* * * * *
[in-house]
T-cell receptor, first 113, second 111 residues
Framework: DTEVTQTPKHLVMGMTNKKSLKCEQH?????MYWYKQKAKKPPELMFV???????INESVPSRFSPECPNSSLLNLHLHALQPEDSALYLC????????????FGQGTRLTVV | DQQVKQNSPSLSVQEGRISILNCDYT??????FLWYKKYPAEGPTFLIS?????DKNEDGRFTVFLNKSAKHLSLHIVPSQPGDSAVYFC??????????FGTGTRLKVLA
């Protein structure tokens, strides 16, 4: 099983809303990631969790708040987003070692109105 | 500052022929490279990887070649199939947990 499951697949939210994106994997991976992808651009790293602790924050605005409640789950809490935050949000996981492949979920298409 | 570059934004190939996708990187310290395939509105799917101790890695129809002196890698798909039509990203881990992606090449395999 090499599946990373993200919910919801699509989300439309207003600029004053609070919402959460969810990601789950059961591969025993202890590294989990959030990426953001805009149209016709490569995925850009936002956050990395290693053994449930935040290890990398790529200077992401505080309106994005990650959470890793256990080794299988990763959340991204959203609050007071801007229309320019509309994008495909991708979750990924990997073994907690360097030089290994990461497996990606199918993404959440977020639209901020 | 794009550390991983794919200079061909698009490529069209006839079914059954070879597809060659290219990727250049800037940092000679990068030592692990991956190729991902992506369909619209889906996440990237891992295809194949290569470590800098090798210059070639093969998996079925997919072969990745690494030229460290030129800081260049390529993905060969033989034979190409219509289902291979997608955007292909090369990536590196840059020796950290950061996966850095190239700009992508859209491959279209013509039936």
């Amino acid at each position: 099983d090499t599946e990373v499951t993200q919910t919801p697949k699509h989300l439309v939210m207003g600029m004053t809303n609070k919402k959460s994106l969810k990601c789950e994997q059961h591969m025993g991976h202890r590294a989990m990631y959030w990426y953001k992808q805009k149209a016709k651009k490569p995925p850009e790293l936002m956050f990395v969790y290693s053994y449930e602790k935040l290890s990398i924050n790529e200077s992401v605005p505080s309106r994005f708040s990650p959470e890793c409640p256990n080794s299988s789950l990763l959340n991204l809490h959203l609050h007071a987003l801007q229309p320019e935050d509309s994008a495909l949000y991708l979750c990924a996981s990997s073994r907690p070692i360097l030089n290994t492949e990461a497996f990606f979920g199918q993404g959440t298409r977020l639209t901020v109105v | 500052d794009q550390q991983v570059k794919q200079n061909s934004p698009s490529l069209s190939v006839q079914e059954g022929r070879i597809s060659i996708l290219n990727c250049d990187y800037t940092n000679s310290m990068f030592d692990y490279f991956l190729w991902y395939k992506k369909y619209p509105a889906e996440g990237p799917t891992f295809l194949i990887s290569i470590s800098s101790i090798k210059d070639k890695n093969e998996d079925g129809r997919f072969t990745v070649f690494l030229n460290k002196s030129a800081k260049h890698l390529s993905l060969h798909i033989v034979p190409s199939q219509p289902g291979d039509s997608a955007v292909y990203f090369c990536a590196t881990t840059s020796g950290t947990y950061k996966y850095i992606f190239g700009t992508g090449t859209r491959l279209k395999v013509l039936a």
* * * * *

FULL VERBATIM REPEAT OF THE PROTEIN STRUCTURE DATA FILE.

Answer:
[in-house]
T-cell receptor, first 113, second 111 residues
Framework: DTEVTQTPKHLVMGMTNKKSLKCEQH?????MYWYKQKAKKPPELMFV???????INESVPSRFSPECPNSSLLNLHLHALQPEDSALYLC????????????FGQGTRLTVV | DQQVKQNSPSLSVQEGRISILNCDYT??????FLWYKKYPAEGPTFLIS?????DKNEDGRFTVFLNKSAKHLSLHIVPSQPGDSAVYFC??????????FGTGTRLKVLA
């Protein structure tokens, strides 16, 4: 099983809303990631969790708040987003070692109105 | 500052022929490279990887070649199939947990 499951697949939210994106994997991976992808651009790293602790924050605005409640789950809490935050949000996981492949979920298409 | 570059934004190939996708990187310290395939509105799917101790890695129809002196890698798909039509990203881990992606090449395999 090499599946990373993200919910919801699509989300439309207003600029004053609070919402959460969810990601789950059961591969025993202890590294989990959030990426953001805009149209016709490569995925850009936002956050990395290693053994449930935040290890990398790529200077992401505080309106994005990650959470890793256990080794299988990763959340991204959203609050007071801007229309320019509309994008495909991708979750990924990997073994907690360097030089290994990461497996990606199918993404959440977020639209901020 | 794009550390991983794919200079061909698009490529069209006839079914059954070879597809060659290219990727250049800037940092000679990068030592692990991956190729991902992506369909619209889906996440990237891992295809194949290569470590800098090798210059070639093969998996079925997919072969990745690494030229460290030129800081260049390529993905060969033989034979190409219509289902291979997608955007292909090369990536590196840059020796950290950061996966850095190239700009992508859209491959279209013509039936």
């Amino acid at each position: 099983d090499t599946e990373v499951t993200q919910t919801p697949k699509h989300l439309v939210m207003g600029m004053t809303n609070k919402k959460s994106l969810k990601c789950e994997q059961h591969m025993g991976h202890r590294a989990m990631y959030w990426y953001k992808q805009k149209a016709k651009k490569p995925p850009e790293l936002m956050f990395v969790y290693s053994y449930e602790k935040l290890s990398i924050n790529e200077s992401v605005p505080s309106r994005f708040s990650p959470e890793c409640p256990n080794s299988s789950l990763l959340n991204l809490h959203l609050h007071a987003l801007q229309p320019e935050d509309s994008a495909l949000y991708l979750c990924a996981s990997s073994r907690p070692i360097l030089n290994t492949e990461a497996f990606f979920g199918q993404g959440t298409r977020l639209t901020v109105v | 500052d794009q550390q991983v570059k794919q200079n061909s934004p698009s490529l069209s190939v006839q079914e059954g022929r070879i597809s060659i996708l290219n990727c250049d990187y800037t940092n000679s310290m990068f030592d692990y490279f991956l190729w991902y395939k992506k369909y619209p509105a889906e996440g990237p799917t891992f295809l194949i990887s290569i470590s800098s101790i090798k210059d070639k890695n093969e998996d079925g129809r997919f072969t990745v070649f690494l030229n460290k002196s030129a800081k260049h890698l390529s993905l060969h798909i033989v034979p190409s199939q219509p289902g291979d039509s997608a955007v292909y990203f090369c990536a590196t881990t840059s020796g950290t947990y950061k996966y850095i992606f190239g700009t992508g090449t859209r491959l279209k395999v013509l039936a």